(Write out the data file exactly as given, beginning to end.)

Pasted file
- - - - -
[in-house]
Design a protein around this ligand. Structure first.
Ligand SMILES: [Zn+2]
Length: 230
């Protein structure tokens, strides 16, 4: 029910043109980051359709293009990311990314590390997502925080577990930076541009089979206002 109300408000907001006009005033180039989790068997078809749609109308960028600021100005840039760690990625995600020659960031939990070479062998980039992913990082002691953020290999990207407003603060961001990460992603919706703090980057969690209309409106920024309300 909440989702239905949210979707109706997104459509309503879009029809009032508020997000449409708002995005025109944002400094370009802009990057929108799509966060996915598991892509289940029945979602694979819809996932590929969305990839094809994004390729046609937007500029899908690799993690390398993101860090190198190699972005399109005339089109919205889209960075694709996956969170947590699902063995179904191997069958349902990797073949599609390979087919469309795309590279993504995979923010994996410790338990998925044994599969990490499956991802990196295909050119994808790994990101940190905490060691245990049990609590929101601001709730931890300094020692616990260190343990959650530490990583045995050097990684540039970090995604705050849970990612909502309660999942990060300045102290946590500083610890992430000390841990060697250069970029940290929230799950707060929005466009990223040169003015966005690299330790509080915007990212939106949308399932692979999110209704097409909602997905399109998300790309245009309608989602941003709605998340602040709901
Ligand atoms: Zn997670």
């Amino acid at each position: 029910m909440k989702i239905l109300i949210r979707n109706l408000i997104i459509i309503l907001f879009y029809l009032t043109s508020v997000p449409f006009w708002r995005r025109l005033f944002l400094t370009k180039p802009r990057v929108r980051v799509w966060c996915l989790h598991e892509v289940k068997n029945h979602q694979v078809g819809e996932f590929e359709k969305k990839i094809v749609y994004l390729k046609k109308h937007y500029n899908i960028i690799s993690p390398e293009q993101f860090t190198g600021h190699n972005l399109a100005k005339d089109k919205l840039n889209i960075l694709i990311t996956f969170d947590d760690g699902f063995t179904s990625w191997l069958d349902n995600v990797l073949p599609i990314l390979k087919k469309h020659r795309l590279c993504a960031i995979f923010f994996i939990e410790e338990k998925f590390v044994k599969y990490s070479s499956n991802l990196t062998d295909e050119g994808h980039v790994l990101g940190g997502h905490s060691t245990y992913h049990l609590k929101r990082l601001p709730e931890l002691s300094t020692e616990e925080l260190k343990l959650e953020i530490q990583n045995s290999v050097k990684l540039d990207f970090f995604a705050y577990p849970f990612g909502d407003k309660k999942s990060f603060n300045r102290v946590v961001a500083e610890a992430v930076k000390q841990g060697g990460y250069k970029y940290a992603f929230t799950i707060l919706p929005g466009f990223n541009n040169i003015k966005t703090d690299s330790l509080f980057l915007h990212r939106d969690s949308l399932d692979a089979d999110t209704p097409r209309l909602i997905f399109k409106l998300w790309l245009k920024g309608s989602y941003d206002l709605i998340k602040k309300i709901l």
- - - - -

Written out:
[in-house]
Design a protein around this ligand. Structure first.
Ligand SMILES: [Zn+2]
Length: 230
């Protein structure tokens, strides 16, 4: 029910043109980051359709293009990311990314590390997502925080577990930076541009089979206002 109300408000907001006009005033180039989790068997078809749609109308960028600021100005840039760690990625995600020659960031939990070479062998980039992913990082002691953020290999990207407003603060961001990460992603919706703090980057969690209309409106920024309300 909440989702239905949210979707109706997104459509309503879009029809009032508020997000449409708002995005025109944002400094370009802009990057929108799509966060996915598991892509289940029945979602694979819809996932590929969305990839094809994004390729046609937007500029899908690799993690390398993101860090190198190699972005399109005339089109919205889209960075694709996956969170947590699902063995179904191997069958349902990797073949599609390979087919469309795309590279993504995979923010994996410790338990998925044994599969990490499956991802990196295909050119994808790994990101940190905490060691245990049990609590929101601001709730931890300094020692616990260190343990959650530490990583045995050097990684540039970090995604705050849970990612909502309660999942990060300045102290946590500083610890992430000390841990060697250069970029940290929230799950707060929005466009990223040169003015966005690299330790509080915007990212939106949308399932692979999110209704097409909602997905399109998300790309245009309608989602941003709605998340602040709901
Ligand atoms: Zn997670």
């Amino acid at each position: 029910m909440k989702i239905l109300i949210r979707n109706l408000i997104i459509i309503l907001f879009y029809l009032t043109s508020v997000p449409f006009w708002r995005r025109l005033f944002l400094t370009k180039p802009r990057v929108r980051v799509w966060c996915l989790h598991e892509v289940k068997n029945h979602q694979v078809g819809e996932f590929e359709k969305k990839i094809v749609y994004l390729k046609k109308h937007y500029n899908i960028i690799s993690p390398e293009q993101f860090t190198g600021h190699n972005l399109a100005k005339d089109k919205l840039n889209i960075l694709i990311t996956f969170d947590d760690g699902f063995t179904s990625w191997l069958d349902n995600v990797l073949p599609i990314l390979k087919k469309h020659r795309l590279c993504a960031i995979f923010f994996i939990e410790e338990k998925f590390v044994k599969y990490s070479s499956n991802l990196t062998d295909e050119g994808h980039v790994l990101g940190g997502h905490s060691t245990y992913h049990l609590k929101r990082l601001p709730e931890l002691s300094t020692e616990e925080l260190k343990l959650e953020i530490q990583n045995s290999v050097k990684l540039d990207f970090f995604a705050y577990p849970f990612g909502d407003k309660k999942s990060f603060n300045r102290v946590v961001a500083e610890a992430v930076k000390q841990g060697g990460y250069k970029y940290a992603f929230t799950i707060l919706p929005g466009f990223n541009n040169i003015k966005t703090d690299s330790l509080f980057l915007h990212r939106d969690s949308l399932d692979a089979d999110t209704p097409r209309l909602i997905f399109k409106l998300w790309l245009k920024g309608s989602y941003d206002l709605i998340k602040k309300i709901l």